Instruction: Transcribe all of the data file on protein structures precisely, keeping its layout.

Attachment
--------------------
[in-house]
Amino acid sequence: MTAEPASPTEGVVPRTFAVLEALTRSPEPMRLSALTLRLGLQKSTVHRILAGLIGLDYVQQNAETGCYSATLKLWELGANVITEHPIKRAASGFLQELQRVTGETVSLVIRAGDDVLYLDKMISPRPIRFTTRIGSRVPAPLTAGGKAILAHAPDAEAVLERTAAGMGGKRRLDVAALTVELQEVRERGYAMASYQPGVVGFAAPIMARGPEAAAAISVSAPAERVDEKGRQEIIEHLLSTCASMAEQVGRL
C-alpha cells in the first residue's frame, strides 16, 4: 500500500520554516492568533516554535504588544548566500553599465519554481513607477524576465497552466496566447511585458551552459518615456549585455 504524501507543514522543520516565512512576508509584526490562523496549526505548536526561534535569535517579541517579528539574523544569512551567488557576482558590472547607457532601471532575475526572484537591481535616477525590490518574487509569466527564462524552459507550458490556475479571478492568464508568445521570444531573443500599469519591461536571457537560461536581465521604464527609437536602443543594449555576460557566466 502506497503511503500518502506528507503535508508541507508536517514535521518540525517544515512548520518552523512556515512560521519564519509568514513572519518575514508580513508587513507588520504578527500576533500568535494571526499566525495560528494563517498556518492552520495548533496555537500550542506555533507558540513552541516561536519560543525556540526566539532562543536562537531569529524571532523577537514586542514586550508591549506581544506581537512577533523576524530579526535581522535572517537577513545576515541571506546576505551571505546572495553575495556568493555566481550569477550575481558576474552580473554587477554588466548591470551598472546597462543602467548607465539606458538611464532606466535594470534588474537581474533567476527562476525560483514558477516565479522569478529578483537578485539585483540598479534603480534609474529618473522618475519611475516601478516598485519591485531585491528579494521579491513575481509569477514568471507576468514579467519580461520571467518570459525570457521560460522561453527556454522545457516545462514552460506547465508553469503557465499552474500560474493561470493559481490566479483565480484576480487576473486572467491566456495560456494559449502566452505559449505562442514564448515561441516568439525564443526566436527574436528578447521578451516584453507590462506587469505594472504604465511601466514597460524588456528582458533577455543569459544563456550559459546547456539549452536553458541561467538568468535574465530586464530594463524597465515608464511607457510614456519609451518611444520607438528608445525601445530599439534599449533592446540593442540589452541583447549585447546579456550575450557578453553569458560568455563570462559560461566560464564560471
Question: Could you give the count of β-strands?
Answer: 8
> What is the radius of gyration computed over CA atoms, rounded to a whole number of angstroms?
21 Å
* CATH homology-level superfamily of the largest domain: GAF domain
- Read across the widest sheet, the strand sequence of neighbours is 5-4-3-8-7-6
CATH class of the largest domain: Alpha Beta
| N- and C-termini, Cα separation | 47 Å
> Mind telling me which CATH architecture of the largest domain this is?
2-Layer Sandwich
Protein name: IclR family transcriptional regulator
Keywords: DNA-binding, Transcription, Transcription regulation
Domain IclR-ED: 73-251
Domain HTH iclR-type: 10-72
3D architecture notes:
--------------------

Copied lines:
[in-house]
Amino acid sequence: MTAEPASPTEGVVPRTFAVLEALTRSPEPMRLSALTLRLGLQKSTVHRILAGLIGLDYVQQNAETGCYSATLKLWELGANVITEHPIKRAASGFLQELQRVTGETVSLVIRAGDDVLYLDKMISPRPIRFTTRIGSRVPAPLTAGGKAILAHAPDAEAVLERTAAGMGGKRRLDVAALTVELQEVRERGYAMASYQPGVVGFAAPIMARGPEAAAAISVSAPAERVDEKGRQEIIEHLLSTCASMAEQVGRL
C-alpha cells in the first residue's frame, strides 16, 4: 500500500520554516492568533516554535504588544548566500553599465519554481513607477524576465497552466496566447511585458551552459518615456549585455 504524501507543514522543520516565512512576508509584526490562523496549526505548536526561534535569535517579541517579528539574523544569512551567488557576482558590472547607457532601471532575475526572484537591481535616477525590490518574487509569466527564462524552459507550458490556475479571478492568464508568445521570444531573443500599469519591461536571457537560461536581465521604464527609437536602443543594449555576460557566466 502506497503511503500518502506528507503535508508541507508536517514535521518540525517544515512548520518552523512556515512560521519564519509568514513572519518575514508580513508587513507588520504578527500576533500568535494571526499566525495560528494563517498556518492552520495548533496555537500550542506555533507558540513552541516561536519560543525556540526566539532562543536562537531569529524571532523577537514586542514586550508591549506581544506581537512577533523576524530579526535581522535572517537577513545576515541571506546576505551571505546572495553575495556568493555566481550569477550575481558576474552580473554587477554588466548591470551598472546597462543602467548607465539606458538611464532606466535594470534588474537581474533567476527562476525560483514558477516565479522569478529578483537578485539585483540598479534603480534609474529618473522618475519611475516601478516598485519591485531585491528579494521579491513575481509569477514568471507576468514579467519580461520571467518570459525570457521560460522561453527556454522545457516545462514552460506547465508553469503557465499552474500560474493561470493559481490566479483565480484576480487576473486572467491566456495560456494559449502566452505559449505562442514564448515561441516568439525564443526566436527574436528578447521578451516584453507590462506587469505594472504604465511601466514597460524588456528582458533577455543569459544563456550559459546547456539549452536553458541561467538568468535574465530586464530594463524597465515608464511607457510614456519609451518611444520607438528608445525601445530599439534599449533592446540593442540589452541583447549585447546579456550575450557578453553569458560568455563570462559560461566560464564560471
Question: Could you give the count of β-strands?
Answer: 8
> What is the radius of gyration computed over CA atoms, rounded to a whole number of angstroms?
21 Å
* CATH homology-level superfamily of the largest domain: GAF domain
- Read across the widest sheet, the strand sequence of neighbours is 5-4-3-8-7-6
CATH class of the largest domain: Alpha Beta
| N- and C-termini, Cα separation | 47 Å
> Mind telling me which CATH architecture of the largest domain this is?
2-Layer Sandwich
Protein name: IclR family transcriptional regulator
Keywords: DNA-binding, Transcription, Transcription regulation
Domain IclR-ED: 73-251
Domain HTH iclR-type: 10-72
3D architecture notes: